Explainer: What is this new type of COVID in South Africa?

LONDON – What is this new, changing COVID-19 virus in South Africa?

Health Minister Joe Vahla said the variant was linked to an “exponential rise” of cases in the past few days, although experts were still trying to determine whether the new variant, called B.1.1.529, was actually responsible.

From more than 200 new confirmed cases per day in recent weeks, South Africa saw the number of new daily cases rise to 2,465 on Thursday. Struggling to explain the sudden rise in cases, scientists have studied virus samples from the outbreak and discovered the new variant.

On Friday, the World Health Organization held a meeting of a group of experts to assess the data from South Africa.

Why are scientists concerned about this new alternative?

It appears to have a large number of mutations – about 30 – in the coronavirus’ spike protein, which could affect how easily it spreads to people.

Sharon Peacock, who led the genetic sequencing of COVID-19 in Britain at the University of Cambridge, said the data so far suggested the new variant contained mutations “consistent with improved transmissibility”, but said that “the significance of many of the mutations is still not.” a favour “.

Lawrence Young, a virologist at the University of Warwick, described the variant as “the most mutated version of the virus we’ve seen.” He said he was concerned that although the variant was only detected at low levels in parts of South Africa, “it appears to be spreading rapidly.”

What is known and unknown about the variable?

We know that the new variant is genetically different from previous variants including beta and delta variants, but we don’t know if these genetic changes make it more transmissible or dangerous.

South African scientists have noticed a rise in the number of cases, but we don’t know if the new alternative is responsible and it will take weeks to find out if the vaccines are still effective against it.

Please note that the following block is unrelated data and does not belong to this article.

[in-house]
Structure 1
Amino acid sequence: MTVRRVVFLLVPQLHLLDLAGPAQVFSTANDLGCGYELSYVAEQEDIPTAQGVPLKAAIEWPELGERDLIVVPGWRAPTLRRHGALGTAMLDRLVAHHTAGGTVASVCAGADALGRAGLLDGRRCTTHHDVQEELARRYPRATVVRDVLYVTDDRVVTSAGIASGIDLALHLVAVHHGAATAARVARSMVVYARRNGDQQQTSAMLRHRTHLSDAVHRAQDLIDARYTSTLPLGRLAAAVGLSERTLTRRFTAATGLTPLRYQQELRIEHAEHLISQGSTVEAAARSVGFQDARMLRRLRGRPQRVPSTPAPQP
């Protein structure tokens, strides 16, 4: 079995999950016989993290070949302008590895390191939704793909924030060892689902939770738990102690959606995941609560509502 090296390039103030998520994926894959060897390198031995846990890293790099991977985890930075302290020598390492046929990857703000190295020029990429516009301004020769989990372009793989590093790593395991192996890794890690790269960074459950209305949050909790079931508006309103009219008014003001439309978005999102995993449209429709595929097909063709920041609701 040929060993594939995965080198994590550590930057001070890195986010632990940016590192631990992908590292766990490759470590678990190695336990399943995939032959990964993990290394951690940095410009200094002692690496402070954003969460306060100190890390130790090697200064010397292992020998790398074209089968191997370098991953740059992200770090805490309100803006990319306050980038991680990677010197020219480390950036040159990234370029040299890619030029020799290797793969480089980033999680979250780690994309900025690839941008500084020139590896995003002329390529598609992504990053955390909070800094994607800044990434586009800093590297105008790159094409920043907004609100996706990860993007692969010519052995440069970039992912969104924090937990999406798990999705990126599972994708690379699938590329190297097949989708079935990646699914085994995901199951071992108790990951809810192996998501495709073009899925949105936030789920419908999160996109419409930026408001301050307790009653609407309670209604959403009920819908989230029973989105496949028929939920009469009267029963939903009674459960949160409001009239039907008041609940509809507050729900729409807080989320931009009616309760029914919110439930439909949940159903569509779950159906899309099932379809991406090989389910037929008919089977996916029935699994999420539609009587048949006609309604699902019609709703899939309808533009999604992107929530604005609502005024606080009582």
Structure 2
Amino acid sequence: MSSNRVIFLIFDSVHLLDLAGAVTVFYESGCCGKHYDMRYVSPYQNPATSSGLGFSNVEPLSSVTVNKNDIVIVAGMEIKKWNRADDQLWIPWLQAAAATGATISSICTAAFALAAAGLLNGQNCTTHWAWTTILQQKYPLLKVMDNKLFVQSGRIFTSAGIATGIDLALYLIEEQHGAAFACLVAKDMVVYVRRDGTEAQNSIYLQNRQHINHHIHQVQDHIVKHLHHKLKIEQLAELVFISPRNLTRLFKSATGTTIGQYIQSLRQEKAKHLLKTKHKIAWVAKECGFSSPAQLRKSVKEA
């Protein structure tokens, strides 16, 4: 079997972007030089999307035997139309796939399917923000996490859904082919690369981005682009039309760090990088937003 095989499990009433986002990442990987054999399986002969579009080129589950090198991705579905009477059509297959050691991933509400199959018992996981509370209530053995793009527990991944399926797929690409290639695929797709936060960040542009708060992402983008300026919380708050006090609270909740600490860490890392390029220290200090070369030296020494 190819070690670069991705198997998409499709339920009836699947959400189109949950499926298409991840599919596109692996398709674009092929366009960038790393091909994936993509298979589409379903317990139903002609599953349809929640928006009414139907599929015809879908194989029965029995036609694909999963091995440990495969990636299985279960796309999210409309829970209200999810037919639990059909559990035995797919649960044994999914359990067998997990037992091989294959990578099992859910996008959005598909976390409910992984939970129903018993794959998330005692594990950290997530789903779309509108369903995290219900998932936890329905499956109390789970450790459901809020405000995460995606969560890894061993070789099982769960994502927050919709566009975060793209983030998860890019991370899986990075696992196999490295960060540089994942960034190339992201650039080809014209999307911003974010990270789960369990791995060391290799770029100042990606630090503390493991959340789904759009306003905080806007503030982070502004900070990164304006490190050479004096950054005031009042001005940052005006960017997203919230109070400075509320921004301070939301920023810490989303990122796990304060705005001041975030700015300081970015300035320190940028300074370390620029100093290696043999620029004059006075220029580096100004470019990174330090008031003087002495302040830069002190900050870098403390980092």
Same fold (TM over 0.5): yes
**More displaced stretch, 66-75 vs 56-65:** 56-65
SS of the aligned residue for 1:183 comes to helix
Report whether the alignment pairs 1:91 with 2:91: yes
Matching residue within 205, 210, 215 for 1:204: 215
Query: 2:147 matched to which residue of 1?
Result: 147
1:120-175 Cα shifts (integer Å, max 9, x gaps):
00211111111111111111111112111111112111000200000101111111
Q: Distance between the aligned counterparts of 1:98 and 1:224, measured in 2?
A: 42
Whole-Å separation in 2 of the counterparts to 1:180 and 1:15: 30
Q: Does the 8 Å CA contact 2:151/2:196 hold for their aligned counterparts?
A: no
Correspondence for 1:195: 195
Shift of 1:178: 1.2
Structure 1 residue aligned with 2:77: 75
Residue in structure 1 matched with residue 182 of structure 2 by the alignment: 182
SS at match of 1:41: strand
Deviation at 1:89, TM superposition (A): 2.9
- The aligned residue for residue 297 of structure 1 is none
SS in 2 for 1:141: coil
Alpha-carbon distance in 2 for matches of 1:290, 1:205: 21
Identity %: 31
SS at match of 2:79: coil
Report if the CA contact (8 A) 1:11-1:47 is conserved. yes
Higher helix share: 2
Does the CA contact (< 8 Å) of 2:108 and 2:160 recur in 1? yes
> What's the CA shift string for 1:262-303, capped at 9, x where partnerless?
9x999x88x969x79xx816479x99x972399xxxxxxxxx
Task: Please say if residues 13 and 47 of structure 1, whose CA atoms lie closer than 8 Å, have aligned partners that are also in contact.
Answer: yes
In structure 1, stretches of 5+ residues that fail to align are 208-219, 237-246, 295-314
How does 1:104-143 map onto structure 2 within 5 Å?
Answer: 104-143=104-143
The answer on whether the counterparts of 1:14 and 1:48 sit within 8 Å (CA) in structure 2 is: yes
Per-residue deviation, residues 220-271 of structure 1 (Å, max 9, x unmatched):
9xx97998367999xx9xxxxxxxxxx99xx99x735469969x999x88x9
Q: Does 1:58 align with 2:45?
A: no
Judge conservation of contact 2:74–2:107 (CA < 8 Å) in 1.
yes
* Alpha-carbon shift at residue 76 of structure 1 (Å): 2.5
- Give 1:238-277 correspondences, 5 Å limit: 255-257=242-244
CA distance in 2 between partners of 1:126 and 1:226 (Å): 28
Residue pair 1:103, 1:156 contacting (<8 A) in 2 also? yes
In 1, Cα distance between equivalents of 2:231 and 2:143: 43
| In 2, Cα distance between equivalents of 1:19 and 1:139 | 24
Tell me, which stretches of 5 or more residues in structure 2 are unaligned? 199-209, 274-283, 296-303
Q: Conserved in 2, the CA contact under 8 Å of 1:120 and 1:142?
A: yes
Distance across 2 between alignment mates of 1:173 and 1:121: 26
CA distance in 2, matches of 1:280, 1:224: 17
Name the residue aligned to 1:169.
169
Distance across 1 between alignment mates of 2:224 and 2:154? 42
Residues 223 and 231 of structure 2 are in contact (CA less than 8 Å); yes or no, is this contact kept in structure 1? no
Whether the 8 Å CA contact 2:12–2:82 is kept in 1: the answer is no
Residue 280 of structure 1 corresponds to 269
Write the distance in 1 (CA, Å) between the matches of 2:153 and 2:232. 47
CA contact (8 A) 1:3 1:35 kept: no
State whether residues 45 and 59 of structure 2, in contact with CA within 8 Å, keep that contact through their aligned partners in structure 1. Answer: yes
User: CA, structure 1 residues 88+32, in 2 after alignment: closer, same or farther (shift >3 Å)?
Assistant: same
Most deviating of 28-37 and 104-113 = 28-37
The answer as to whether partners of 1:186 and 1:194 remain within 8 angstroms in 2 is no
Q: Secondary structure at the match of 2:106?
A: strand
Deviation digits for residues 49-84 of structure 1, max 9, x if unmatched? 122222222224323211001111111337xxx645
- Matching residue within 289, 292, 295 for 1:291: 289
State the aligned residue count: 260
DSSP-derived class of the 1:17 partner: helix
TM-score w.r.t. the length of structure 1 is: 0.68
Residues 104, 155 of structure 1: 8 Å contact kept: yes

So far, there is no indication that the variant causes more serious disease. South African experts said that, as with other variants, some infected people do not show any symptoms.

It’s impossible to make any predictions about whether the virus is more dangerous or contagious based on its genetic makeup alone, said François Balloux, director of the Institute of Genetics at University College London.

How did this new variable arise?

The coronavirus mutates as it spreads and many new variants, including those with worrisome genetic changes, often die. Scientists are watching the sequence of COVID-19 for mutations that could make the disease more transmissible or fatal, but they can’t tell just by looking at the virus. They must compare the disease pattern in outbreaks to the genetic sequence and determine if there is actual contact that can take time.

The variant “may have evolved in an infected person but was then unable to eliminate the virus, giving the virus a chance to evolve genetically,” Peacock said, in a scenario similar to how experts think of the alpha variant – which was first identified in England – also emerged. , by a mutation in an immunocompromised person.

Are travel restrictions imposed by some countries justified?

Could. From noon on Friday, travelers arriving in the UK from South Africa, Namibia, Botswana, Lesotho, Eswatini and Zimbabwe will have to self-isolate for 10 days. European Union countries moved quickly on Friday to try to halt air travel from South Africa.

Given the recent rapid rise in COVID-19 in South Africa, restricting travel from the region is “prudent,” said Neil Ferguson, an infectious disease expert at Imperial College London.

If the new variant turns out to be more contagious than Delta, the new restrictions will have little effect, said Ballox of University College London, but they could still buy the UK some time to boost vaccination rates and roll out other potential interventions.

what happened after that?

The World Health Organization has invited a technical team of experts to decide whether a new variable warrants its designation as a variable of interest or a variable of concern. If they did, the variable would likely be named after a letter from the Greek alphabet, in keeping with the current naming system.

The variants of interest – which currently include mu and lambda variants – have genetic changes known to affect things like transmissibility and disease severity and have been identified to cause large clusters in multiple countries.

Variants of concern – which include alpha, beta and delta – have shown that they can spread more easily, cause more serious disease or make current tools such as vaccines less effective.

To date, the delta variant remains by far the most transmissible form of COVID; They represent more than 99% of the sequences shared with the world’s largest public database.

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